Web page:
Senior Travel to Scandanavia

Dec 16th, 2010 | By James E Becker | Category: Senior Travel

Scandinavia is a region in northern Europe that includes Denmark and two of the Scandinavian Peninsula’s nations, Norway and Sweden. I spent several years in Minnesota and it seems like every other person you meet in that state is from one of those three countries. My wife and I had a cabin on a lake in northern Minnesota. I felt obliged to add a SEN or an SON to the ending of my family name on our mailbox like Beckersen or Beckerson just to “fit in”. I actually added those ending small letters and my scandinavian neighbors loved it.

So let’s go visit that area in the world. This site adds Finland and Iceland to the listing. This map will give you a good idea of where each country is located. In modern times the Faroe Islands (Faeroe) are also considered a part of this geographical area, especially in terms of cultural and historic relationships.

The midnight sun is a natural phenomenon found in latitudes north of the Arctic Circle, where the sun is visible at the local midnight. With adequate weather conditions, the sun is visible for full 24 hours a day. This is great for travelers planning long days outdoors, as there will be sufficient light for outdoor activities around the clock! So seniors, let’s break down Scandinavia and try to highlight the major tourist attractions in each area.

But first, why is this area called Scandinavia? I always enjoy etymology and find that the origin of the word is not entirely clear but people generally favor the idea that it means the island of darkness or fog island. Reasoning: The Norwegian word skodde means fog and avia means island in Norwegian. On old maps, Scandinavia is often shown as an island, and as people’s knowledge of world geography was then quite limited, then this interpretation is likely correct. And folks… it does get foggy, mighty foggy on those many fjords.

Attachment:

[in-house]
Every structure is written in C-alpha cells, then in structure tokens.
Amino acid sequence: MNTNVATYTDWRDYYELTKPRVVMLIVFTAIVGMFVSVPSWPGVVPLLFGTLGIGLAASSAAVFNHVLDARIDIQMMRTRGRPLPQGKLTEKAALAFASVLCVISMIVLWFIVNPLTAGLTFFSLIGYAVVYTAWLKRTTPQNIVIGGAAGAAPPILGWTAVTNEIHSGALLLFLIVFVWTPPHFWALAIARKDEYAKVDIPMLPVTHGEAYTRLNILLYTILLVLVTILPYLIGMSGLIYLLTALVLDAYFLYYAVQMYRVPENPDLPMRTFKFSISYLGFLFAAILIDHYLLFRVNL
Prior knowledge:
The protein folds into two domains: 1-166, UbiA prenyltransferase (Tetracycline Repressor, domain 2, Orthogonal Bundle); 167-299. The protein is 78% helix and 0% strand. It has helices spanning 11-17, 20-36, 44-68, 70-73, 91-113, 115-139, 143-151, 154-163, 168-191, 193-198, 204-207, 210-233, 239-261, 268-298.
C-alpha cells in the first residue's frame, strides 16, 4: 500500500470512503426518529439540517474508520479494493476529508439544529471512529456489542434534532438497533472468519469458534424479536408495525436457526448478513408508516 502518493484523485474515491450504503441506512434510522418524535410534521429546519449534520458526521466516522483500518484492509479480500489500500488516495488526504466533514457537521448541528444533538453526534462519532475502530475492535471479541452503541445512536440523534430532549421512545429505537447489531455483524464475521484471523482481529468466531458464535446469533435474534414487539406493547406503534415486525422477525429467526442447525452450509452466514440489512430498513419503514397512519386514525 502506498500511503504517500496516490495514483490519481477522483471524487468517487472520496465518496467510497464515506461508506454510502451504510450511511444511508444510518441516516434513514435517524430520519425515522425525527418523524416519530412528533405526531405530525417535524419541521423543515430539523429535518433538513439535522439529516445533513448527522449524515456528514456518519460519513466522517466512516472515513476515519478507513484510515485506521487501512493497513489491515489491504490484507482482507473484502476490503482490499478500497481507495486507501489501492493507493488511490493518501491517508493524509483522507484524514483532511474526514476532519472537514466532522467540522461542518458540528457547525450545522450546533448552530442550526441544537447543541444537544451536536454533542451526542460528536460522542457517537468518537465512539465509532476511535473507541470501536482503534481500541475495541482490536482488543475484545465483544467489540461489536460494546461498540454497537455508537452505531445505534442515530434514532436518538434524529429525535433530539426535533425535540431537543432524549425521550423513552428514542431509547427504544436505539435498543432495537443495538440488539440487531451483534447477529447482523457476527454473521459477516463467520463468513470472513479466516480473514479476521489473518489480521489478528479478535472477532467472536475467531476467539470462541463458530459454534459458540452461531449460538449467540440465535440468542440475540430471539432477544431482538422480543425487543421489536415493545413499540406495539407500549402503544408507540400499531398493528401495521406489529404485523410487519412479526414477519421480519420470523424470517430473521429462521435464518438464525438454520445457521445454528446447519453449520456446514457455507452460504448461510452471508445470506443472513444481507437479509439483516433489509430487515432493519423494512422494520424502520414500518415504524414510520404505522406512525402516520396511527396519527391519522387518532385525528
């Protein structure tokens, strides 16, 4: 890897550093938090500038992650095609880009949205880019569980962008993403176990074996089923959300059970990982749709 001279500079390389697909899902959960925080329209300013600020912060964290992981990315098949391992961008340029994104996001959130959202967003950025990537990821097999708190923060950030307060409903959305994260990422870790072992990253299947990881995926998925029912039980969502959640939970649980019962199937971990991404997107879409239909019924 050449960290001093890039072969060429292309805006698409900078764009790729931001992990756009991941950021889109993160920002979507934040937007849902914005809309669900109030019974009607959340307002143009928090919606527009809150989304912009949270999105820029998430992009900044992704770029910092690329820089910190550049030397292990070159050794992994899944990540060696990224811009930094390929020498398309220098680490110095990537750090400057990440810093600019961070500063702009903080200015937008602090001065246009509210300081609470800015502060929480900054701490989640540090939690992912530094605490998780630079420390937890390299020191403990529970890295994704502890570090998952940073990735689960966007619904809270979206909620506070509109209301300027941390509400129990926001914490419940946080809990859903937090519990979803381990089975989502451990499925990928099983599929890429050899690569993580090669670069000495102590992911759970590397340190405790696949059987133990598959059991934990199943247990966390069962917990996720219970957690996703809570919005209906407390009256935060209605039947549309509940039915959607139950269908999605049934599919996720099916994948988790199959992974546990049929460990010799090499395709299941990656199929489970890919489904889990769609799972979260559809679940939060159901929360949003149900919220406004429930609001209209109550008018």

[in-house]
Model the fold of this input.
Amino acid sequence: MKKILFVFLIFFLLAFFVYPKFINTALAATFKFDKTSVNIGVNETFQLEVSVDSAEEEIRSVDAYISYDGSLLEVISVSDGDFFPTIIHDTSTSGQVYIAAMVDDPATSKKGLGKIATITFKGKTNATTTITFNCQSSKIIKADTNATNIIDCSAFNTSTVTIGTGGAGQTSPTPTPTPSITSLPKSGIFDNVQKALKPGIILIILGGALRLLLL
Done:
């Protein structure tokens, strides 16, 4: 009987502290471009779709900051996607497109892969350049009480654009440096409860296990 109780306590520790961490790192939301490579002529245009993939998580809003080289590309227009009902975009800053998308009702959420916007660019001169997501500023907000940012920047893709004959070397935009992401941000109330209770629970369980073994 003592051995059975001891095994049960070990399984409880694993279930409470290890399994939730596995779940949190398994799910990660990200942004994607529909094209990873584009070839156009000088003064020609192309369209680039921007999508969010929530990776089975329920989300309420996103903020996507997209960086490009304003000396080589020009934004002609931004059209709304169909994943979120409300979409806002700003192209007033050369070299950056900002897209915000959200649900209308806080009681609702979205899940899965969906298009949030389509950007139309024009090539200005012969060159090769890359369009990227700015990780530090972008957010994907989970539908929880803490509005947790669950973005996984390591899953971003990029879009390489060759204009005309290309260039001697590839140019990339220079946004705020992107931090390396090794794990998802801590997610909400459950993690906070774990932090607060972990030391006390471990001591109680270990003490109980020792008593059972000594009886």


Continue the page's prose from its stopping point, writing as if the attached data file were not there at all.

One of the most loaded sites I found for you is goscandanavia.com. The southern-most Scandinavian country, Denmark consists of the Jutland peninsula and over 400 islands, some of which are linked to the mainland by bridge. Almost all of Denmark is low and flat, but there are many low hills as well.

Also called “The Land of Vikings, and the Midnight Sun,” Norway is the northernmost country in Europe. Norway has a jagged expanse of islands and fjords.  I once had a student in my French class from Norway who lived above the Artic Circle. He told of tales of what life was like in that area . I could not imagine anyone living that far north and in those conditions. He loved it.

Sweden offers numerous lakes and is the largest of the Scandinavian countries – both in land size and population. Volvo and Saab both originated here and are a big part of the Swedish industry. Swedish citizens are independently minded and highly regard their people-oriented social programs, especially in women’s rights.

With a surprisingly mild climate, Iceland is Europe’s westernmost country, the second largest island in the North-Atlantic ocean.

Finland is another country where the weather is better than many tourists expect. Finland also has one of the lowest immigration rates in the world.  The tundra was teeming with Arctic hare, lemming, muskox, and caribou. Tundra is the coldest of all the biomes. Tundra comes from the Finnish word tunturi, meaning treeless plain.

The Arctic Ocean is the centerpiece of the Circumpolar North. Most likely you will arrive by airplane or ship to visit the capitals and major cities in Scandinavia. A good map is always useful for knowing where you are and where you will be going.  jeb



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